Glucocorticoid therapy decreases serum lipoprotein(a) concentration in rheumatic diseases

Intern Med. 1993 May;32(5):382-6. doi: 10.2169/internalmedicine.32.382.


Lipoprotein(a) has been strongly suggested to be a risk factor for atherosclerosis. However, its metabolism and/or regulation by drug treatment still remain unknown. We therefore studied the effects of glucocorticoid therapy on serum lipoprotein(a) in rheumatic diseases. Although the glucocorticoid treatment increased the total serum cholesterol, high-density lipoprotein cholesterol and apolipoprotein B concentrations, it reduced the serum lipoprotein(a) concentration (mean, 40%) in a dose-dependent manner in 9 patients with rheumatic diseases without nephrotic syndrome. Similar results were observed in 2 patients who did have nephrotic syndrome. It is assumed that the increase of total cholesterol and apolipoprotein B in serum levels are atherogenic, whereas the increase of high-density lipoprotein cholesterol and the decrease of lipoprotein(a) are protective for atherosclerosis. The clinical outcome of the concomitant results in lipid metabolism in the development of atherosclerosis remains to be studied.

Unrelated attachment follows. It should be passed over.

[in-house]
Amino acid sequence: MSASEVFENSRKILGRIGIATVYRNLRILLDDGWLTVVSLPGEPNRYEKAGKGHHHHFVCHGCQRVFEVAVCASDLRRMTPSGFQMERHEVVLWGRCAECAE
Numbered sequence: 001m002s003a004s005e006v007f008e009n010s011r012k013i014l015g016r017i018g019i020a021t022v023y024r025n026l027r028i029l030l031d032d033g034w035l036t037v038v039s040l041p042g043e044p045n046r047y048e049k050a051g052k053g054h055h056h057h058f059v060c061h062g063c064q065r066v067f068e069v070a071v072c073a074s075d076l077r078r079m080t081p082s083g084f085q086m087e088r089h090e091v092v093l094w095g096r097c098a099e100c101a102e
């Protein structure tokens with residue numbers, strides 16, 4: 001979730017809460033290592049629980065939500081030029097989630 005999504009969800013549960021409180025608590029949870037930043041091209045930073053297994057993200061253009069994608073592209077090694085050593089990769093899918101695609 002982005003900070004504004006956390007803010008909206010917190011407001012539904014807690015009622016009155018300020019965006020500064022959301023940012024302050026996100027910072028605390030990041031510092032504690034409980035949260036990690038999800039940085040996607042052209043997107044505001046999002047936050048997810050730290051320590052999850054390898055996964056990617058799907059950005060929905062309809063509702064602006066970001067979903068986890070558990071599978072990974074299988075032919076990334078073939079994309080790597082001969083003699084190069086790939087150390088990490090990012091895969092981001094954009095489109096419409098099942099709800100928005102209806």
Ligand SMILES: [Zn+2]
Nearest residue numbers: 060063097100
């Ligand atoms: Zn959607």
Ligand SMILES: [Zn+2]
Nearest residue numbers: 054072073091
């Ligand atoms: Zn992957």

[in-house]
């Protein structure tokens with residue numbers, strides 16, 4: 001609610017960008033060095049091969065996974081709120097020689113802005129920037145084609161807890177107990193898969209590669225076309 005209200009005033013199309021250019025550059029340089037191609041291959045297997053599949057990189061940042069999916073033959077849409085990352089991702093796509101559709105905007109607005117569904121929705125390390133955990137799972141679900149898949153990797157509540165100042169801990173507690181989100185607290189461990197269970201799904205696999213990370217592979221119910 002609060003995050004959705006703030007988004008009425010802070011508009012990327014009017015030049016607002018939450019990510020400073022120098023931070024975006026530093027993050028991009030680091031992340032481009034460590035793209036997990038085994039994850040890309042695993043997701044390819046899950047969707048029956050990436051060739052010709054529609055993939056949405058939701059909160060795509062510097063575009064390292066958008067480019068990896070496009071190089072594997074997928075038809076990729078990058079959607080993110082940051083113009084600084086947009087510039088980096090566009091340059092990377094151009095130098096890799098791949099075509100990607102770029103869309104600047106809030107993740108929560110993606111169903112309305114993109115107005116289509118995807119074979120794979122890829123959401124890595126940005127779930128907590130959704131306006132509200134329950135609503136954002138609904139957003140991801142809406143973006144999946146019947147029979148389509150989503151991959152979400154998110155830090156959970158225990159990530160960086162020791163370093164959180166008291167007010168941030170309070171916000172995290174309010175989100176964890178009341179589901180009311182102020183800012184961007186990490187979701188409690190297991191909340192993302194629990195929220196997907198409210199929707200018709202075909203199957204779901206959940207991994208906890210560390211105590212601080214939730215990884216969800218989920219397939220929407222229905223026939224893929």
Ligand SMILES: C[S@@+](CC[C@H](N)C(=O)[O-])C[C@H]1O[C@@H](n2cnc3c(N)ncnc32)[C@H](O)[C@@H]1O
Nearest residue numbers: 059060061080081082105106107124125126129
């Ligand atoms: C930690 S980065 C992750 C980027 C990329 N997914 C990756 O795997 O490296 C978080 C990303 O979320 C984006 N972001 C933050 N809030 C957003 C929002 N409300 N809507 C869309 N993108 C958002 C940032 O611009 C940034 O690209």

Publication types

  • Case Reports

MeSH terms

  • Adolescent
  • Adult
  • Aged
  • Female
  • Glucocorticoids / pharmacology*
  • Glucocorticoids / therapeutic use
  • Humans
  • Lipids / blood
  • Lipoprotein(a) / blood
  • Lipoprotein(a) / drug effects*
  • Male
  • Middle Aged
  • Prednisolone / pharmacology
  • Rheumatic Diseases / blood
  • Rheumatic Diseases / drug therapy*


  • Glucocorticoids
  • Lipids
  • Lipoprotein(a)
  • Prednisolone